To Err is Human: Interoperability is Divine
In 1999, the Institute of Medicine (IOM) drew national attention to a pervasive and deadly problem that has long plagued our healthcare system – medical errors. The IOM report entitled “To Err is Human – Building a Safer Health System,” noted that preventable errors were responsible for as many as 98,000 hospital deaths in a single year.
Fast-forward 15 years. Medical errors not only remain in the headlines, their numbers may have actually grown substantially. This is perhaps in part due to enhanced reporting owing to greater awareness generated by the original IOM report. Today, medical errors account for between 210,000 and 440,000 preventable deaths in hospitals annually, according to estimates published in the Journal of Patient Safety. This shocking statistic positions medical errors as the third leading cause of death in the United States, behind heart disease and cancer. A single life lost to preventable error is a tragedy. Tens of thousands of such deaths is an indictment of the safety of our healthcare system. Hundreds of thousands of deaths is nothing short of a national crisis.
Despite the dedicated work of millions of healthcare professionals and a growing focus on patient safety – including strategies such as mandatory check lists designed to interrupt a chain of error and making our intensive care units “sacred ground”– we are not yet winning the war on errors in our nation’s hospitals.
Hospital administrators, doctors, nurses and patients are frustrated by the many disparate and uncoordinated functions and devices in today’s healthcare enterprise. No one knows better than the individual healthcare provider how vulnerable patients are to medical errors, and no one wants to prevent them more.
At West Health, we believe there is an opportunity to take a quantum leap forward in reducing medical errors using many of the same strategies employed in other mission-critical, high-reliability applications. Significant progress in reducing medical errors requires using technology to create an automated, connected and coordinated healthcare system. And this is only possible when there is a seamless flow of information among all devices involved in a patient’s care. By our estimates, the failure medical device interoperability, the ability of systems and devices to connect and communicate with one another, costs the nation more than $30 billion a year – and far too many lives.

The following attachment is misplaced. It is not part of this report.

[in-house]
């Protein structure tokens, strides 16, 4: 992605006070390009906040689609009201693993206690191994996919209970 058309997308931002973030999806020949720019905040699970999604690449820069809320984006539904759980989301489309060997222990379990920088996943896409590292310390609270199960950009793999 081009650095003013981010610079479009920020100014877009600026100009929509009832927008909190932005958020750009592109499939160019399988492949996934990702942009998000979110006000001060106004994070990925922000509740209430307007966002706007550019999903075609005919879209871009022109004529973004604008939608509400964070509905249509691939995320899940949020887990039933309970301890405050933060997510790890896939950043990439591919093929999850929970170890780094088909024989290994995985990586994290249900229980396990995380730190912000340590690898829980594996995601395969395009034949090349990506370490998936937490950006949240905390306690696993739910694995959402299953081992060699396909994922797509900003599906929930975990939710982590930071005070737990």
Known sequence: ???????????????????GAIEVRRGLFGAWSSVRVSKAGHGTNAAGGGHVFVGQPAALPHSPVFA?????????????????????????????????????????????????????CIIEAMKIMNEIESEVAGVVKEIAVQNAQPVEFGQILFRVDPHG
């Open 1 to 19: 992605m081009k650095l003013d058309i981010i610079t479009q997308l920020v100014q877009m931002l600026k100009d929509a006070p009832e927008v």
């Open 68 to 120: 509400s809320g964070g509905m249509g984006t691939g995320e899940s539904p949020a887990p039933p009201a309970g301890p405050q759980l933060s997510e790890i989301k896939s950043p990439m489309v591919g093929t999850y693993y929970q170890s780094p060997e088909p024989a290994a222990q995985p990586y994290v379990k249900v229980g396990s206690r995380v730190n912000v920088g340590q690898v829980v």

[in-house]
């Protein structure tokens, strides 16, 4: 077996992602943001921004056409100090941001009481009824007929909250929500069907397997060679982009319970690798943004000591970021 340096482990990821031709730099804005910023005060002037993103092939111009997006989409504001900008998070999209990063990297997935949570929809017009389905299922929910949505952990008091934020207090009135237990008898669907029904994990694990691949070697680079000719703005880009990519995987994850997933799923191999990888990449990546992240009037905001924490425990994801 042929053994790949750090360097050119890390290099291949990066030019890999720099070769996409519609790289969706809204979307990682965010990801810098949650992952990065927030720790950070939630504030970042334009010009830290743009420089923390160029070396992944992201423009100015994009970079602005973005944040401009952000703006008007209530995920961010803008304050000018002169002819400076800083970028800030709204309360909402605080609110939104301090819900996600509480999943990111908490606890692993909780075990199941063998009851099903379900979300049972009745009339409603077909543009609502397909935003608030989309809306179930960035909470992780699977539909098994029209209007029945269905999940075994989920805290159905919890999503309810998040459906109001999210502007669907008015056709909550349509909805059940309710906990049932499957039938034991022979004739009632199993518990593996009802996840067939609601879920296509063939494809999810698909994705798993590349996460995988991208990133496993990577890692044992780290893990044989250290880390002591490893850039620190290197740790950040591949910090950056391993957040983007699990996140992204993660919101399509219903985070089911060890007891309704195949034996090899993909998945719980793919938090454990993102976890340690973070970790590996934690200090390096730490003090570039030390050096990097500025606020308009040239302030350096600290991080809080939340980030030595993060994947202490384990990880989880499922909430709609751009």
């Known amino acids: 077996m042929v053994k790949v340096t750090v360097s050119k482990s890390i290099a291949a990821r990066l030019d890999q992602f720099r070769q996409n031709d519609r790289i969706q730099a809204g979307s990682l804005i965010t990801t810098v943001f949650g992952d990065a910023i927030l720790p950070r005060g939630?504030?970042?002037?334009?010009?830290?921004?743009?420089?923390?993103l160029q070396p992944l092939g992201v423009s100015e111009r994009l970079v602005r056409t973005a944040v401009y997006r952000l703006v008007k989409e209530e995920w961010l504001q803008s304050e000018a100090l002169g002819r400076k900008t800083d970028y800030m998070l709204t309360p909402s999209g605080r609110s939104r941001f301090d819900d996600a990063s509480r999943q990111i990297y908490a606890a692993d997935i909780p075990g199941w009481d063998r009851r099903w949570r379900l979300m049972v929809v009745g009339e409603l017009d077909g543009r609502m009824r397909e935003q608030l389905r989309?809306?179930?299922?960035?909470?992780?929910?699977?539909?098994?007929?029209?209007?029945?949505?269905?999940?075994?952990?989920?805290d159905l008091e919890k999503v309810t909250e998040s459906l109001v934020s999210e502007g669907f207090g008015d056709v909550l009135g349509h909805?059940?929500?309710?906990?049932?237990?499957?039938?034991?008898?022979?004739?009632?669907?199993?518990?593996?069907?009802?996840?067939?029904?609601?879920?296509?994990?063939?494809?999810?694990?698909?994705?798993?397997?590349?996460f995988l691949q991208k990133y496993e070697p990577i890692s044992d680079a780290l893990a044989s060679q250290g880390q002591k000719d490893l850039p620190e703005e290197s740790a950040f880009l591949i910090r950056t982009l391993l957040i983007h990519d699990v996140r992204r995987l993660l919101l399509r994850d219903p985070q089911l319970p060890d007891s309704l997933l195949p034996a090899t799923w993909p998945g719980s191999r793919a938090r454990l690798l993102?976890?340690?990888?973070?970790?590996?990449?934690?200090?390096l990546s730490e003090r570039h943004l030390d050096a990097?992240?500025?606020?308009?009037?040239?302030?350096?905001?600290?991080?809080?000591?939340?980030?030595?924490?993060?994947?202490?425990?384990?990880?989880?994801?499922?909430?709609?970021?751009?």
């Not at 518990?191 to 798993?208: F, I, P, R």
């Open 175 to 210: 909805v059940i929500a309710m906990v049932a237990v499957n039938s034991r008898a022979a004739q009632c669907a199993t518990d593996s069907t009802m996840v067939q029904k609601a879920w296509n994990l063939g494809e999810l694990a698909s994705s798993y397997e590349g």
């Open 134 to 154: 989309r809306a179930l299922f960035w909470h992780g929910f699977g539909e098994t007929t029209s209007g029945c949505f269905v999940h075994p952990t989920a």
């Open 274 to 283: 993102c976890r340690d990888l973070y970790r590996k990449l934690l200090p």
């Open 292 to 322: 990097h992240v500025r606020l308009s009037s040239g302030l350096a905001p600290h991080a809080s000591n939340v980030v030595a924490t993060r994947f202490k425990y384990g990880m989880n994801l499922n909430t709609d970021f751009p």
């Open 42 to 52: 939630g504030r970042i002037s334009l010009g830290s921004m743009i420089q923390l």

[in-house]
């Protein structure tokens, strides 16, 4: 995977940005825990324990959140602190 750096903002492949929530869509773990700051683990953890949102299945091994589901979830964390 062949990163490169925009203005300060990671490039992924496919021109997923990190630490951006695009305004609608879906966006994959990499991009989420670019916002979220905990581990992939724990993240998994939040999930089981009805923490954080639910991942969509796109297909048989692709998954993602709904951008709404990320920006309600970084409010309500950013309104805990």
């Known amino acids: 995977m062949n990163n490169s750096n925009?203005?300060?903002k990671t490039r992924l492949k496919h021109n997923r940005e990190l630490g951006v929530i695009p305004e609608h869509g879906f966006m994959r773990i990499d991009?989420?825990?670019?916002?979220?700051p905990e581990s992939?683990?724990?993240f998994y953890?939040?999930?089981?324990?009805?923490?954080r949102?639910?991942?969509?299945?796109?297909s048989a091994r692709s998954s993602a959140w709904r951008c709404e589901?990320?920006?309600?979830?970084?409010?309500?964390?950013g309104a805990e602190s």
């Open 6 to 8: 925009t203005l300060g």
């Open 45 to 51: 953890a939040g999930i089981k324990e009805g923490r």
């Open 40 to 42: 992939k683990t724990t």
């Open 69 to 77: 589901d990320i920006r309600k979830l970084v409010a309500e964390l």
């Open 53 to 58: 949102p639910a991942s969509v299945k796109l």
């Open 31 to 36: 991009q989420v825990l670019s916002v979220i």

To mark the anniversary of the IOM’s watershed report, West Health is asking a handful of the IOM committee members who helped produce the report and other national health experts to examine what progress has been made in reducing medical errors. We hope to identify challenges to creating a healthcare system in which fully interoperable technologies greatly decrease the risk of error. Each week West Health will post on the West Wire blog and social media channels a Q&A with these authorities on how medical systems and information sharing can be enhanced to protect lives.
Our esteemed group of experts include Molly Coye, chief innovation officer at UCLA; Dr. Peter Pronovost, senior vice president of patient safety and quality at Johns Hopkins; Dr. David Bates, chief quality officer at Brigham and Women’s Hospital; Margaret Hamburg, commissioner of the Food and Drug Administration; and Dr. Tejal Gandhi, president of the National Patient Safety Foundation.
We hope you’ll join us over the next several weeks by commenting on the interviews or by sharing your thoughts and stories about medical errors and interoperability at email@example.com. We look forward to engaging with you on this critical issue.